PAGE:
Commentary: Hair Today, Hair Tomorrow?

By Louis Zona

YOUNGSTOWN, Ohio – The baseball team I follow closely is the Pittsburgh Pirates. If you have tuned into one of their televised games recently, you know that the team has been so lacking in talent this year that the announcers have to be creative to keep you from tuning out and instead watch reruns of “Gilligan’s Island.” 

Recently the topic of facial hair was discussed, which I thought would be about certain teams’ policies that ban any kind of facial hair.

As I recall, the New York Yankees forbid their players to grow whiskers of any type. After all, they are the clean-cut goody two-shoes New York Yankees that gave us Babe Ruth, Mickey Mantle, and Billy Martin (I couldn’t help myself!).

Getting back to the announcers’ discussion of facial hair, when Pirates outfielder Bryan Reynolds came to bat merely sporting a mustache, they mentioned that Reynolds is definitely old school because a simple mustache recalls the way men satisfied their need for facial hair decades ago.

Mustaches are definitely out of favor. Or should I say no longer in style or in fashion.

Well, I take umbrage with those learned announcers. I have been sporting a mustache since I was in graduate school in the early 1970s – and continue to be proud of my tiny bit of facial hair.

So what that my mustache is of another time? I like it and it is enough self-expression for me. Actually I like Bryan Reynold’s mustache, which is much darker than mine. (After all, he’s many decades younger and probably doesn’t even know that mustache dye exists for those of us with a lot of gray in our beards.)

In fact, after seeing Bryan’s dark mustache, I did the unthinkable and purchased a little kit to darken mine. So what? I don’t look like Errol Flynn or even Burt Reynolds. But at least I don’t think that I‘m scaring little old ladies.

Speaking of little old ladies, I think that I may have scared one in particular while traveling across the country with my nephew on Amtrak.

If you have spent any time on a domestic train, you know that you have no choice of seating in the dining car. When you are seated, you could sit next to anyone. My nephew Nick, who also sported a mustache back then, and I were seated at the same table with an elderly woman.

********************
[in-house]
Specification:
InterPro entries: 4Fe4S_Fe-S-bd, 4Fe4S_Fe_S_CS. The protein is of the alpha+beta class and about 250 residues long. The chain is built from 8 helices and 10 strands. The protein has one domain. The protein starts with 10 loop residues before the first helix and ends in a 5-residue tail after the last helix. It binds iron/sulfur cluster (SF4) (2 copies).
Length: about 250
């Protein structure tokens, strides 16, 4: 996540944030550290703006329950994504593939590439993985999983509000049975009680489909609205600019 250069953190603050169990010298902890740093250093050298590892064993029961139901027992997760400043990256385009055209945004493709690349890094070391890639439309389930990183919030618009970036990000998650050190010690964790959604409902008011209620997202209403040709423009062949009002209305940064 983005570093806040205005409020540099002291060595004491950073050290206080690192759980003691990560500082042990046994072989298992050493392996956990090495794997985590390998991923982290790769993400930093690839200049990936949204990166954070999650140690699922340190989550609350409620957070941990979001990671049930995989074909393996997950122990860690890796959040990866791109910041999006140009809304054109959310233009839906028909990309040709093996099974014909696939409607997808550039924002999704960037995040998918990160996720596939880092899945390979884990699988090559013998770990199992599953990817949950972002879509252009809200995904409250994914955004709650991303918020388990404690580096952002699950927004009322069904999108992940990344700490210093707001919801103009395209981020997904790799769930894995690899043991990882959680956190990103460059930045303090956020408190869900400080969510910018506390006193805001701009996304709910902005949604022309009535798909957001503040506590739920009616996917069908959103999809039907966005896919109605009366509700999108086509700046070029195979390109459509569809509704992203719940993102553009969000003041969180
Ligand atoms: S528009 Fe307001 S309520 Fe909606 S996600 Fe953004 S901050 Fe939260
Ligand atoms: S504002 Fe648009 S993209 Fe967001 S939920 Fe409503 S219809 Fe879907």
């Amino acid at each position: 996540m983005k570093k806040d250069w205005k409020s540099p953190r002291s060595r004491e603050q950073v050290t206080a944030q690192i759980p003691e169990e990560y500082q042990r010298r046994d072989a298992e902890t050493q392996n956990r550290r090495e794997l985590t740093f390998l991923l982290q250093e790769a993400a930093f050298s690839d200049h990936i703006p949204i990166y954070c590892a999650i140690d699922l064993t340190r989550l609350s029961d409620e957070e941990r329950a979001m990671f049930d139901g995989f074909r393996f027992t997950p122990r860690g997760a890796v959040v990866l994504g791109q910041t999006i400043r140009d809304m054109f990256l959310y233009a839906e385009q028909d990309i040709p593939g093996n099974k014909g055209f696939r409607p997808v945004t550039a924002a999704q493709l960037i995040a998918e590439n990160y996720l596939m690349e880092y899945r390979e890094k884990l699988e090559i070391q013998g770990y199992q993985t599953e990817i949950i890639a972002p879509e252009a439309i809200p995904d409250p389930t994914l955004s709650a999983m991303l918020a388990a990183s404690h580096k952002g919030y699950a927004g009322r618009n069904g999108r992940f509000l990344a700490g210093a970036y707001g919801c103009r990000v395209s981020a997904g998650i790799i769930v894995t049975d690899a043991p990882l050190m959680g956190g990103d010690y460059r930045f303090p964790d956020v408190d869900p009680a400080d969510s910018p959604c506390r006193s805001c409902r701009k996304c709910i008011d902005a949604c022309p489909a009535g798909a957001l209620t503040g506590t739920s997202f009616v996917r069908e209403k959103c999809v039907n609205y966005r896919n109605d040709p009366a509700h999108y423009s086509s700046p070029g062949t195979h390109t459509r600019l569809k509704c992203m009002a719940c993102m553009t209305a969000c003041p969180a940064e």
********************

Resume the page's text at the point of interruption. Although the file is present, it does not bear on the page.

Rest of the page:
Frightened at first, she kept her head down until she had the courage to confront us about our mustaches. She said, “Both of you men have mustaches and I’m frankly afraid.”

I assured her that neither of us were train robbers or scary dudes. By the time our supper was over, Nick and I had won her over. I don’t think she feared mustaches ever again. To this day, I do wonder how she would have dealt with us had we worn full beards. She probably would have chosen the snack bar on the train rather than sit in the dining car.

What appears to be the big fashion these days is the goatee. It’s where the mustache encircles the mouth by a closely trimmed beard and reaches up longer than the usual sideburns. It’s a well-trimmed mini beard – a professorial look that appeals to so many men including my late brother Jerry who trimmed his goatee with incredible artistry. He once told me that there is nothing worse than to have Floyd the barber treat a goatee like your common, ordinary 15-minute haircut.

The other night while I watched the Pirates lose once again, I noticed that two of the players are sporting full red beards and a third has a dark brown full beard. Maybe it’s just me but I think they look like the guys on the Smith Brothers cough drop box.

For those of you old enough to remember, full beards always bring to mind Gene Autry’s sidekick, Gabby Hayes. But Gabby’s beard was gray and black and scraggly, to say the least.

Abraham Lincoln and dozens of presidents have sported beards, including Ohio’s own, William Howard Taft. Apparently, John Quincy Adams, our sixth president, was the first with facial hair. Probably the coolest presidential facial hair belongs to another Ohio-born president, Ulysses S. Grant.

But it was Lincoln’s beard that became an interesting element in his election to the presidency. An 11-year-old girl, Grace Bedell, wrote to President-elect Lincoln in 1860, encouraging him to grow a beard for luck – which he did. He eventually got to meet the young Lincoln fan and it became a national story.

In the world of art, the famous Surrealist painter Salvador Dali grew a mustache so long that he curled it up at its ends. I once saw a photograph of him hanging from a helicopter from his handlebar mustache. No kidding!

Of the mythological bearded characters, I would have to place jolly old St. Nicholas at the top. Santa’s pure white beard makes many a child very happy during the holiday season as evidenced by his ongoing popularity in every mall across America.

But then there was me. I can’t begin to tell you how afraid I was of Santa despite my father’s urgings at Christmas. I think that I simply was in awe of the great man with the long white beard.

I do wave to him every holiday season and I’m convinced that he remembers the little guy hugging his father’s waist instead of sitting on old Santa’s lap.

I’m not sure that I’ll get used to baseball players who look like Santa Claus fielding grounders. On the other hand, the occasional high hard one might not hurt as much if the batter is protected by lots of facial hair – especially muttonchops like Rutherford B. Hayes sported.

Hey, maybe I’m onto something!